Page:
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This post is for Rachel, Rachel asked how can my body endure such high mileage without injury? High mileage is relative, I think my mileage lies somewhere in the middle compared to others ultra-runners.

Let me first outline my training that I have used the last couple years.

My principal race the last four years has been in June and consisted of a mildly hilly 50 Mile (80 km) or 100 km race (or both). I also try to run a fast marathon at the end of August.

I have a base building period, usually from January to March where I build from around 35 miles a week (4 runs/week) to 65-70 miles (5 runs/week). During this time I usually use sandwich training, whereas I run X miles on Saturday and X-minus-3 miles on Sunday - these runs are "sandwiched" between two rest days on Friday and Monday. This year I have also added two swim nights, usually Tuesday and Thursday.

From April to the end of May I run at least on hilly long run a week and start cycling.

In June I taper, race, and recover. This year I will be doing more swimming and cycling in preparation for my first sprint tri on July 11.

During July and August I run an average of about 45-50 miles a week (including one long hill run) and try to bike as often as I can, usually 3-4 times a week. This seems to work in preparing me for a fast marathon.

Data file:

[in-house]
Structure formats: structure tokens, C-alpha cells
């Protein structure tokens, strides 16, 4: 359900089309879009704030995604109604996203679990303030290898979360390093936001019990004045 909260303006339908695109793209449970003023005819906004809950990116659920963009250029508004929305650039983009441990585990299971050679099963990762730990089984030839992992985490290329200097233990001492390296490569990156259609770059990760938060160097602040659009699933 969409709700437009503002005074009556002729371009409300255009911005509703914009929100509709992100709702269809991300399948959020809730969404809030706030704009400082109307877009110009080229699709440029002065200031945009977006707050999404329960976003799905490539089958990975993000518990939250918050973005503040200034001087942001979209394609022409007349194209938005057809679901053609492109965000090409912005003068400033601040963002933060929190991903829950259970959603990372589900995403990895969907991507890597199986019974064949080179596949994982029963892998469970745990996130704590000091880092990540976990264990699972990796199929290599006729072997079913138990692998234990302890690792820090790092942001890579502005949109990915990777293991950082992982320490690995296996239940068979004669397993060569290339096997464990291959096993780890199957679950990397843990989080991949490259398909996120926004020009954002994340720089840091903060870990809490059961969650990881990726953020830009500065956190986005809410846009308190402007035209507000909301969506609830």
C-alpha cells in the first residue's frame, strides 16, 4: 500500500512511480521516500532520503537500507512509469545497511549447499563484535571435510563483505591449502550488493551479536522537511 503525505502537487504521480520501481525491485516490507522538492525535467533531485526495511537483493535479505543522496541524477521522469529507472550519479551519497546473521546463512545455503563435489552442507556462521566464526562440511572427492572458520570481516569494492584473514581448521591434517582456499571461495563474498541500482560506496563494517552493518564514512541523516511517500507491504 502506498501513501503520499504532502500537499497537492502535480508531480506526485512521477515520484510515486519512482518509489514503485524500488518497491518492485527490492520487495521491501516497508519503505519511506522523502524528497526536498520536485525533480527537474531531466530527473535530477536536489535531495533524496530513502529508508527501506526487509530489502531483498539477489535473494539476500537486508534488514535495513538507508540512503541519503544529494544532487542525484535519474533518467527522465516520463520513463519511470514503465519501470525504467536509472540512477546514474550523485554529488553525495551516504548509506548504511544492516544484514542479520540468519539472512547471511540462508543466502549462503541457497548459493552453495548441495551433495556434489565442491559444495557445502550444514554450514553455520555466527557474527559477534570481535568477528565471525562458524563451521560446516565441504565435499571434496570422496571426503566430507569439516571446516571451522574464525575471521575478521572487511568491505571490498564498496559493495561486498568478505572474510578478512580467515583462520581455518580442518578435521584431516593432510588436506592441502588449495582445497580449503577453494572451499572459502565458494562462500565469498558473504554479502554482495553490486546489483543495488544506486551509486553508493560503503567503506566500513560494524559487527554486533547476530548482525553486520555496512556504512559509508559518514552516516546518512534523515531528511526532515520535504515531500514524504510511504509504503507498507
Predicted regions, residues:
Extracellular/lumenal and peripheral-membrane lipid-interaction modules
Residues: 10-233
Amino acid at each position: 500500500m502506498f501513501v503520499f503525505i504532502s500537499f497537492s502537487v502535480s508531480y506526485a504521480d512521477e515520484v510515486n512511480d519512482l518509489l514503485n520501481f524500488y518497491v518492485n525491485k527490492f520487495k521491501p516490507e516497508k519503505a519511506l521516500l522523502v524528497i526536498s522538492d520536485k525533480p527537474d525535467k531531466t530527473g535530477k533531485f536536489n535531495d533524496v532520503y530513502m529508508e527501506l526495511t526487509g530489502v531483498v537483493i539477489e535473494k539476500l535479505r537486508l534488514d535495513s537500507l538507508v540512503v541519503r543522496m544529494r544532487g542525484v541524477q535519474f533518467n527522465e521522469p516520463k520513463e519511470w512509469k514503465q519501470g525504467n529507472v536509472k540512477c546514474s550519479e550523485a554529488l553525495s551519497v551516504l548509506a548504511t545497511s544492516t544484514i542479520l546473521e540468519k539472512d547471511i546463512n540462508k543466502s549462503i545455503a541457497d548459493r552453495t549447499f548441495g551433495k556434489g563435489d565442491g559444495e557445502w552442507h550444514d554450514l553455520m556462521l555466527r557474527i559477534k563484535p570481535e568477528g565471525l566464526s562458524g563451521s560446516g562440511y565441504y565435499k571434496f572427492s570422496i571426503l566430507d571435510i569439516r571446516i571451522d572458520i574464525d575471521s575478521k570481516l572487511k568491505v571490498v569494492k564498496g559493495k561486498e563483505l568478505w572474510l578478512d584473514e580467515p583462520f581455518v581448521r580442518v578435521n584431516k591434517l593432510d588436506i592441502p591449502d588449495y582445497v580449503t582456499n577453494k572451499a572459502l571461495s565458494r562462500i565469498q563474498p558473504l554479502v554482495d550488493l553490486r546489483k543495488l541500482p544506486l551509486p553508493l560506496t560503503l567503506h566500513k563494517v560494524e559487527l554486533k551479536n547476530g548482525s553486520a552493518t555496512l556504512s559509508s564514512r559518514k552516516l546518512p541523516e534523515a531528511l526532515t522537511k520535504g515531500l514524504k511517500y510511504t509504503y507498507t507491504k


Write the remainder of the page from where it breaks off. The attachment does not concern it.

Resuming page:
In September I start cutting back on the mileage. From October to mid-November I rest, reducing mileage to 15-30 miles a week. Mid-November to December I gradually build up for January's training.

So back to your question, here is a list of thoughts I have on why I can endure such high mileage:

  • I follow the 10% rule, I try not to increase my total mileage or long run by more than 10% a week.
  • I run my long run distance for two weeks before increasing it, for example 16 miles for two weeks, then 18 miles. I think this allows the body to adapt more easily to the increased mileage.
  • I don't do any speed training while training for my June ultra race(s).
  • I vary my pace based on how I feel on a given day. Since I am training for a 100K race where my average pace is 11:25/mile, even a 9:30/mile pace is speed training ;-)
  • I warm-up with military style callisthenics (jumping jacks, push-ups, sit-ups, etc.) before a run and stretch afterward. I also run the first mile at a warm-up pace.
  • For long runs beyond two hours I eat and drink like I would during a marathon.
  • I watch my diet, take a daily vitamin, use calcium/magnesium tablets (reduce cramps) and try to get adequate sleep (hard to do).
  • I vary my running surface as often as possible: trail, asphalt, hills, gravel/dirt.
  • I don't race every race, last year I ran 7 marathons and 3 ultras last year, but only 3 at a competitive pace.
  • I make sure that I have one rest day a week where I really rest.

The most important consideration for me is the PACE. Speed training is really hard on my 50 year old legs, since I have replaced speed training with hill training I have no trouble maintaining high mileage, and my race times have improved significantly.